The Best Education Podcasts That Teachers Love

Sarah, an English teacher with 15 years of experience, shares her favorite education podcasts that helped her get through long commutes to work. These podcasts continue to give her invaluable tips about teaching.

Best Podcasts for Teachers

For five years in the middle of my career, my drive to work was over an hour. Many times I would carpool with my dad, and we would listen to old radio shows on his satellite radio. I then changed jobs to a school only five minutes from my house. While I was no longer spending time on the road every day, my treks to my parents on weekends and during the summer were frequent. It was at that point in time that I discovered audiobooks, much to the dismay of my daughters.  

I managed to listen to all three volumes of The Adventures of Sherlock Holmes on Audible. I selected this series because they are short stories, so when I was stopping and not listening for several weeks I could easily pick up with a new story. The collection of audiobooks grew and grew, and I got more and more listening in each summer during my travels. It was then that I stumbled upon podcasts, teacher podcasts.  Here are some of my favorites.

The Google Teacher Tribe

Educational technology is an entire segment of our profession that is constantly developing new tools and evolving.  Even as a Google Certified Trainer in a school with solid technology, there is no way for me to keep up with all the updates and features. The Google Teacher Tribe brings the best of the Google Apps for Education Tools to your listening device. They have episodes ranging from tips for Google Slides to video production processes.

I am especially fond of episode 12 from back in April 2017, which focuses on productivity through Google tools. As someone who always strives to be more efficient, this provided me with some great strategies. I still have tab scissors on my Chromebook and use it regularly.

The Cult of Pedagogy

The Cult of Pedagogy is a secondary-based podcast, but many of Jennifer Gonzolas’ episodes are relevant to educators at all levels and even support professionals and administrators. She has developed a long-running series of tips, interviews, and reviews for educators.

One of my favorite episodes is 108 entitled To Learn, Students Need to Do Something changed my classroom. After listening to this episode, I realized that I need to have students process and synthesize information more regularly. Now processing and synthesizing is something my classroom does on a weekly basis.

Truth for Teachers

Angela Watson’s Truth for Teachers was my first trek into educational podcasts. Angela was an elementary teacher before becoming an educational entrepreneur. In addition to her podcast, she has written several books. Much of her body of work focuses on teacher happiness, work-life balance, and productivity. As I was going through a rough patch in my career Angela’s episodes helped me focus on the balance and what makes me tick as a teacher

Check out her recent episode How to Keep Overbearing, Micromanaging Parents from Stressing You Out, episode 150. It has led me to a place where I come at tough patient situations with a new perspective.

The Spark Creativity Teacher Podcast

Betsy Potash created this podcast in 2017 to help teachers find balance among the factors within their classroom: creativity, assessment preparation, and administrative expectations while working with what students need and want from their literacy experience.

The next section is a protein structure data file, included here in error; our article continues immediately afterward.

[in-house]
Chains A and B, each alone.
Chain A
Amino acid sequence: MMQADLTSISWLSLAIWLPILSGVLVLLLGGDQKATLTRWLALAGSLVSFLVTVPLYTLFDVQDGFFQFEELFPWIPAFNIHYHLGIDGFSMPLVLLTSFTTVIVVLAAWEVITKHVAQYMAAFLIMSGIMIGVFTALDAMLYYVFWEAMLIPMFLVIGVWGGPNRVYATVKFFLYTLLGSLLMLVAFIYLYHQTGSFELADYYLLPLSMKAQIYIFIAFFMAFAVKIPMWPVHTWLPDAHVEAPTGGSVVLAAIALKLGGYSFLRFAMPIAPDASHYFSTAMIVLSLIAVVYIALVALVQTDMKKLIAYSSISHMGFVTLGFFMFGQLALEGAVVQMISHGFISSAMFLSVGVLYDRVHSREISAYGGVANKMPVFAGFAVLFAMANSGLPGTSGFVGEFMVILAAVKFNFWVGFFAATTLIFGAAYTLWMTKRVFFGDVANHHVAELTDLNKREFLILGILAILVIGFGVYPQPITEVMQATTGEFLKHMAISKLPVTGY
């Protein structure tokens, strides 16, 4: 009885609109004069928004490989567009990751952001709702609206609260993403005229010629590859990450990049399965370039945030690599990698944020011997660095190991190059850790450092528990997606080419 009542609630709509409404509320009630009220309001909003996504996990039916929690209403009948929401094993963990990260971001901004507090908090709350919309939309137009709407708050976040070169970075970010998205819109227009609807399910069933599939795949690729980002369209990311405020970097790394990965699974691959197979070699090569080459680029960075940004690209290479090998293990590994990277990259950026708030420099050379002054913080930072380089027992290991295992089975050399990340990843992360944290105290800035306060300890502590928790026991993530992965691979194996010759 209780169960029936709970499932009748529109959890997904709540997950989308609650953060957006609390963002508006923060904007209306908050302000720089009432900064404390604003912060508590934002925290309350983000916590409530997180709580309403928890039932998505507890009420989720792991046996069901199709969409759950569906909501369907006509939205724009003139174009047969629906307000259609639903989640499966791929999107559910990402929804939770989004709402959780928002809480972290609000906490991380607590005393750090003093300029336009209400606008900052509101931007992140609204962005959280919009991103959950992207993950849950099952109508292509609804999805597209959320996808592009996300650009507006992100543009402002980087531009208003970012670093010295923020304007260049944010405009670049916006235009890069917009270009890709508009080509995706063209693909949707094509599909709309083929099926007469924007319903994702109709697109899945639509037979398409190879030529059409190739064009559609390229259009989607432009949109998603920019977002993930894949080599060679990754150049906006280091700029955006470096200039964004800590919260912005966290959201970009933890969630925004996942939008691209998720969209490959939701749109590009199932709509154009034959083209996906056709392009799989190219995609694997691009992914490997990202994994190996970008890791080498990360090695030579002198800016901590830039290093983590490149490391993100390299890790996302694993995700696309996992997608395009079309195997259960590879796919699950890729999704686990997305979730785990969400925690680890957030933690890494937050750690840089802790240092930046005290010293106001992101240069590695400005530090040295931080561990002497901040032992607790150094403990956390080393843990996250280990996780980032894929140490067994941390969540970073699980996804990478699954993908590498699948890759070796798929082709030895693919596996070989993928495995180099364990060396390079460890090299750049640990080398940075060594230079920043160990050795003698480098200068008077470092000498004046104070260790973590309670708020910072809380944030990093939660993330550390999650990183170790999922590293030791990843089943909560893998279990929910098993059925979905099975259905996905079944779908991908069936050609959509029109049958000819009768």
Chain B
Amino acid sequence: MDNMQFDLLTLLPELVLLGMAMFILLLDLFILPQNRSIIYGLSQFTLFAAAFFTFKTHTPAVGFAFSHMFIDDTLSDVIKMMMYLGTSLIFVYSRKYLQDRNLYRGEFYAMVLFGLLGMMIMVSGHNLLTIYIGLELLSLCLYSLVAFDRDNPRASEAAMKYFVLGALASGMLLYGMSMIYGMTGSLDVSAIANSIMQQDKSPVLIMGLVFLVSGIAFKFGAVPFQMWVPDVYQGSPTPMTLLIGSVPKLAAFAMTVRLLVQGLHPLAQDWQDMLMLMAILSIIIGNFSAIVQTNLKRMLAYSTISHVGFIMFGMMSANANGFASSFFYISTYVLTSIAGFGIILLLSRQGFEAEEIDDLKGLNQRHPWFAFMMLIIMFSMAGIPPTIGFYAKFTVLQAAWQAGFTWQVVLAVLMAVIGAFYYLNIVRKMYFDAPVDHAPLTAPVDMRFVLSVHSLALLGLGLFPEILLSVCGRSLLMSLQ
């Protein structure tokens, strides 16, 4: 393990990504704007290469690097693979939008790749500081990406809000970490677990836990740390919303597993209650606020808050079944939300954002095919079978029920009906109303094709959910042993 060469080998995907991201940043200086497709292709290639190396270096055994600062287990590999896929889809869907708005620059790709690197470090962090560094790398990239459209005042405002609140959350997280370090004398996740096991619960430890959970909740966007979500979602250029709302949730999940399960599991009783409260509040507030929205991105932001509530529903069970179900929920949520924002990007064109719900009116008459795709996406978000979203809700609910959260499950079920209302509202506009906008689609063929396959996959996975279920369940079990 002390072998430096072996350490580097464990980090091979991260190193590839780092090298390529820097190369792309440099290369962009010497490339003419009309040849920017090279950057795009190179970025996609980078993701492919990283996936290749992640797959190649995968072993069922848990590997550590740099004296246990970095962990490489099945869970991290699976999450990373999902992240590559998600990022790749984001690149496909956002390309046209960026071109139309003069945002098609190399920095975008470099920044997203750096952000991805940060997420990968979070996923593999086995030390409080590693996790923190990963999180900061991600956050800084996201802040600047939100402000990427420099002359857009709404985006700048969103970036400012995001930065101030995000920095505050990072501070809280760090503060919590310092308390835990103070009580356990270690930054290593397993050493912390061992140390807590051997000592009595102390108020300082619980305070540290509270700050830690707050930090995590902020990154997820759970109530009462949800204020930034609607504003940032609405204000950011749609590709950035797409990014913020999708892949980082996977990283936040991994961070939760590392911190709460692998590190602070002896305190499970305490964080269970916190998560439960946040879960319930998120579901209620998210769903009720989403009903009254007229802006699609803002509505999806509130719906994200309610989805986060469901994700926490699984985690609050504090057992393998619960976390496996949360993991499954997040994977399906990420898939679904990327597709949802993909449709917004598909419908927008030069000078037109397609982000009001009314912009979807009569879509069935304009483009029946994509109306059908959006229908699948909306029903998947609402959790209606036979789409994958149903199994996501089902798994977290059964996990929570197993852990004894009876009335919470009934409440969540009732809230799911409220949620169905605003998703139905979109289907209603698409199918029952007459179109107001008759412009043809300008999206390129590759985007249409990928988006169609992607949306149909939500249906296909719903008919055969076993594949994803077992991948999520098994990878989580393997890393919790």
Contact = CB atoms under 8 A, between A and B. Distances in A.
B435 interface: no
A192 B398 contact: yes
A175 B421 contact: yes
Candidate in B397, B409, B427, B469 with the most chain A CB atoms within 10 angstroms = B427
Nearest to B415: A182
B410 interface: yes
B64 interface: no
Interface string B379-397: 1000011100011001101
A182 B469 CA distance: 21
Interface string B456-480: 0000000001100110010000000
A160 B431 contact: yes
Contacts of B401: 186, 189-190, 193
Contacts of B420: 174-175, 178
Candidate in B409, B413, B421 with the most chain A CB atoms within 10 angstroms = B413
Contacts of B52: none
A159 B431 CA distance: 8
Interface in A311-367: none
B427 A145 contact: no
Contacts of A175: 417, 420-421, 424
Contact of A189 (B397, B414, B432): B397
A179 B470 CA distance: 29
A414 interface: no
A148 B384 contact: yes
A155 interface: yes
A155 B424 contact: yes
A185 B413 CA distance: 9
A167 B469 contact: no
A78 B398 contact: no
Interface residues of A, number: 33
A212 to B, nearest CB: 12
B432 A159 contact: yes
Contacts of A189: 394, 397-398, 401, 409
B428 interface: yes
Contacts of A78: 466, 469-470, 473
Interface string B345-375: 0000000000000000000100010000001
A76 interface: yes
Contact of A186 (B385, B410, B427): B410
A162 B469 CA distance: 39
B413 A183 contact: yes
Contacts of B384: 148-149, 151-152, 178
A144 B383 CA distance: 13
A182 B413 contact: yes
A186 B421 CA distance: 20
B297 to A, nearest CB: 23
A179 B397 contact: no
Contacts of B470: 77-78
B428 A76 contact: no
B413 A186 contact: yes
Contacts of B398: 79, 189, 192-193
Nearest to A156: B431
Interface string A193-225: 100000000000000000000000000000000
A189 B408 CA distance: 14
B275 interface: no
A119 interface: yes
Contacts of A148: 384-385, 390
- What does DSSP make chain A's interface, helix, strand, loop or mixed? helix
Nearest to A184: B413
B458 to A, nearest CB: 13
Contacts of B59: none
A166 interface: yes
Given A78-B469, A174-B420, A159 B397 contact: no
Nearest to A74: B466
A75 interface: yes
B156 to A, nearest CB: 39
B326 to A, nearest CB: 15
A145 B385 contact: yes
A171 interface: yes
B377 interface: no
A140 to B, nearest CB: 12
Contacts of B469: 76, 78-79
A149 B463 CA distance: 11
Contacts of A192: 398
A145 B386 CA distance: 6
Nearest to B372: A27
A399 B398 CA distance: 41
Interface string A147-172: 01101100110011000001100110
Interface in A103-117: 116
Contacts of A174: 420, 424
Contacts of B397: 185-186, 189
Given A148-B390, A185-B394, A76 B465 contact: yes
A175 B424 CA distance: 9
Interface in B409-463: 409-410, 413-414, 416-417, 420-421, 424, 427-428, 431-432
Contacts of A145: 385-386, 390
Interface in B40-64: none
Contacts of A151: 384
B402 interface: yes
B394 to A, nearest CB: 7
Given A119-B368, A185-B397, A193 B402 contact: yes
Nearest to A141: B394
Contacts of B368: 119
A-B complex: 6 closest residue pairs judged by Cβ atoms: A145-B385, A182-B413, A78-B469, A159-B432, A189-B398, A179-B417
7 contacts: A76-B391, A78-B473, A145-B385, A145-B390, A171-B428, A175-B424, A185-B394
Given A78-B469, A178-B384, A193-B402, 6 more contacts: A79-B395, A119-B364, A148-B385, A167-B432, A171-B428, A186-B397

I suggest Episode 60: Students Won’t Read?  Don’t Care?  One Year to Change That since most teachers are literacy teachers in some way.  Here she provides a selection of strategies to get students more engaged in texts and literacy. I am excited to make some revisions to all my classes using her ideas.

Grammar Girl

Mignon Fogarty’s award-winning podcast provides short episodes focusing on writing and style. While this is not your typical educational podcast, I have found the episodes have made me a better writer and a better teacher of writing. I even use her podcasts with my students in the classroom

One of my favorite episodes to share with my students is 639: Great Paragraphs. Falling off the Turnip Truck. The 13-minute episode helps students move beyond the basic structure of their writing. Try sharing this one with your students after they finish their next draft.

Ditch that Textbook

Matt Miller is amazing! Pure and simple he helps teachers make their classroom interesting and engaging while avoiding the boring and uninteresting. His midwestern heritage and background in technology and journalism make him a joy to listen to.

Take five minutes to listen to episode 43: Hearing from EVERY Student. After this one, I had to pause and assess where I was with this concept. I have implemented several of his strategies.

Take a minute and download the free Stitcher App, so you can start checking each of these off your list. You can also listen to these podcasts on iTunes and Soundcloud. Be sure to check out The Education Podcast Network for more options.

Which teacher podcasts are your favorite currently? Share with us on Instagram, Facebook, Twitter, and Pinterest.

Sarah is currently a high school English and social studies teacher in Michigan where she also assists with school improvement and district technology. Her experience spans 15 years, grades 7-12, 5 schools, and 4 districts. She is a National Writing Project Teacher Consultant and a Google Certified Educator. Sarah loves spending time with her husband, daughters, and cats. Check her out on Facebook, Twitter, and Instagram. She can also be found at Kovescence of the Mind.


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